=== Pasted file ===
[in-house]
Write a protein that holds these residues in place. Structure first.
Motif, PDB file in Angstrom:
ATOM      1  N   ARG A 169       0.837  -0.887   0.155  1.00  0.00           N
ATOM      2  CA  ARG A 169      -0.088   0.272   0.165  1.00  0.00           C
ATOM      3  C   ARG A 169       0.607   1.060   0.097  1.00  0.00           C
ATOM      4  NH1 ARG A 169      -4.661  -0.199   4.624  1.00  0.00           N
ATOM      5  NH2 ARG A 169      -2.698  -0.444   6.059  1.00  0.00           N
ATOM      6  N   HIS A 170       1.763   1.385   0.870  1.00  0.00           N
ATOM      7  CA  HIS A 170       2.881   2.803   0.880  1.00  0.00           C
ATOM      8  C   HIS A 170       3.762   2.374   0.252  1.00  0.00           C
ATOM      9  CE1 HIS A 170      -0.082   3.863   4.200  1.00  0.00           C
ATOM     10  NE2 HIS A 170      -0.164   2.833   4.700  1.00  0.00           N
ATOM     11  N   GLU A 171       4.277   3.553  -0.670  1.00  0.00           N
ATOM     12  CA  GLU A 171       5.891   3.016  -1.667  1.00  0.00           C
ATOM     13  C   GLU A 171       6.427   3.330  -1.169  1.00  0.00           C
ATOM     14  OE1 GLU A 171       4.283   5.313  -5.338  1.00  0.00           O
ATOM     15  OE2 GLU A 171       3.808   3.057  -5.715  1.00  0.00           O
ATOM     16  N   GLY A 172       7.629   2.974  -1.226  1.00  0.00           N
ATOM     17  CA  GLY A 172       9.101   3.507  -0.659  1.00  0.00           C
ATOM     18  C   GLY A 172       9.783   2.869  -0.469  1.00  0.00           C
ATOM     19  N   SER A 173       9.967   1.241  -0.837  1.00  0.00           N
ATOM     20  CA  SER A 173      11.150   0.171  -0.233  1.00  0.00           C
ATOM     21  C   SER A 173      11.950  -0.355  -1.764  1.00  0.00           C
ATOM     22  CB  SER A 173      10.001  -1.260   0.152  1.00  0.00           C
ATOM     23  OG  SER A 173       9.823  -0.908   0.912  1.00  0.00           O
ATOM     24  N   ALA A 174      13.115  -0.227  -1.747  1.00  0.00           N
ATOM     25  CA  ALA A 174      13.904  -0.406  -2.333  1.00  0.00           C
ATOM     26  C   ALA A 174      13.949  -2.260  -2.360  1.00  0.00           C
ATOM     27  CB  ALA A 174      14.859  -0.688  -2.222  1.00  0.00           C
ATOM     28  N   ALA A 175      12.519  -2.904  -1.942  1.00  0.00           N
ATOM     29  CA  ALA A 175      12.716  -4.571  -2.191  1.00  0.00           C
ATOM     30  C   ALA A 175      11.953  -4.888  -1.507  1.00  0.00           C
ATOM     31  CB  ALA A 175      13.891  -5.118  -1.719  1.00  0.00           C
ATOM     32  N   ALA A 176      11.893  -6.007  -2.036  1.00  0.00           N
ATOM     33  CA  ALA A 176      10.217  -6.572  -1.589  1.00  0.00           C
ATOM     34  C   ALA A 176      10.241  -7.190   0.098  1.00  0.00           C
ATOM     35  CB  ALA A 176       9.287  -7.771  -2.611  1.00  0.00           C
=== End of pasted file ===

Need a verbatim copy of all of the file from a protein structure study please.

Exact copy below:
[in-house]
Write a protein that holds these residues in place. Structure first.
Motif, PDB file in Angstrom:
ATOM      1  N   ARG A 169       0.837  -0.887   0.155  1.00  0.00           N
ATOM      2  CA  ARG A 169      -0.088   0.272   0.165  1.00  0.00           C
ATOM      3  C   ARG A 169       0.607   1.060   0.097  1.00  0.00           C
ATOM      4  NH1 ARG A 169      -4.661  -0.199   4.624  1.00  0.00           N
ATOM      5  NH2 ARG A 169      -2.698  -0.444   6.059  1.00  0.00           N
ATOM      6  N   HIS A 170       1.763   1.385   0.870  1.00  0.00           N
ATOM      7  CA  HIS A 170       2.881   2.803   0.880  1.00  0.00           C
ATOM      8  C   HIS A 170       3.762   2.374   0.252  1.00  0.00           C
ATOM      9  CE1 HIS A 170      -0.082   3.863   4.200  1.00  0.00           C
ATOM     10  NE2 HIS A 170      -0.164   2.833   4.700  1.00  0.00           N
ATOM     11  N   GLU A 171       4.277   3.553  -0.670  1.00  0.00           N
ATOM     12  CA  GLU A 171       5.891   3.016  -1.667  1.00  0.00           C
ATOM     13  C   GLU A 171       6.427   3.330  -1.169  1.00  0.00           C
ATOM     14  OE1 GLU A 171       4.283   5.313  -5.338  1.00  0.00           O
ATOM     15  OE2 GLU A 171       3.808   3.057  -5.715  1.00  0.00           O
ATOM     16  N   GLY A 172       7.629   2.974  -1.226  1.00  0.00           N
ATOM     17  CA  GLY A 172       9.101   3.507  -0.659  1.00  0.00           C
ATOM     18  C   GLY A 172       9.783   2.869  -0.469  1.00  0.00           C
ATOM     19  N   SER A 173       9.967   1.241  -0.837  1.00  0.00           N
ATOM     20  CA  SER A 173      11.150   0.171  -0.233  1.00  0.00           C
ATOM     21  C   SER A 173      11.950  -0.355  -1.764  1.00  0.00           C
ATOM     22  CB  SER A 173      10.001  -1.260   0.152  1.00  0.00           C
ATOM     23  OG  SER A 173       9.823  -0.908   0.912  1.00  0.00           O
ATOM     24  N   ALA A 174      13.115  -0.227  -1.747  1.00  0.00           N
ATOM     25  CA  ALA A 174      13.904  -0.406  -2.333  1.00  0.00           C
ATOM     26  C   ALA A 174      13.949  -2.260  -2.360  1.00  0.00           C
ATOM     27  CB  ALA A 174      14.859  -0.688  -2.222  1.00  0.00           C
ATOM     28  N   ALA A 175      12.519  -2.904  -1.942  1.00  0.00           N
ATOM     29  CA  ALA A 175      12.716  -4.571  -2.191  1.00  0.00           C
ATOM     30  C   ALA A 175      11.953  -4.888  -1.507  1.00  0.00           C
ATOM     31  CB  ALA A 175      13.891  -5.118  -1.719  1.00  0.00           C
ATOM     32  N   ALA A 176      11.893  -6.007  -2.036  1.00  0.00           N
ATOM     33  CA  ALA A 176      10.217  -6.572  -1.589  1.00  0.00           C
ATOM     34  C   ALA A 176      10.241  -7.190   0.098  1.00  0.00           C
ATOM     35  CB  ALA A 176       9.287  -7.771  -2.611  1.00  0.00           C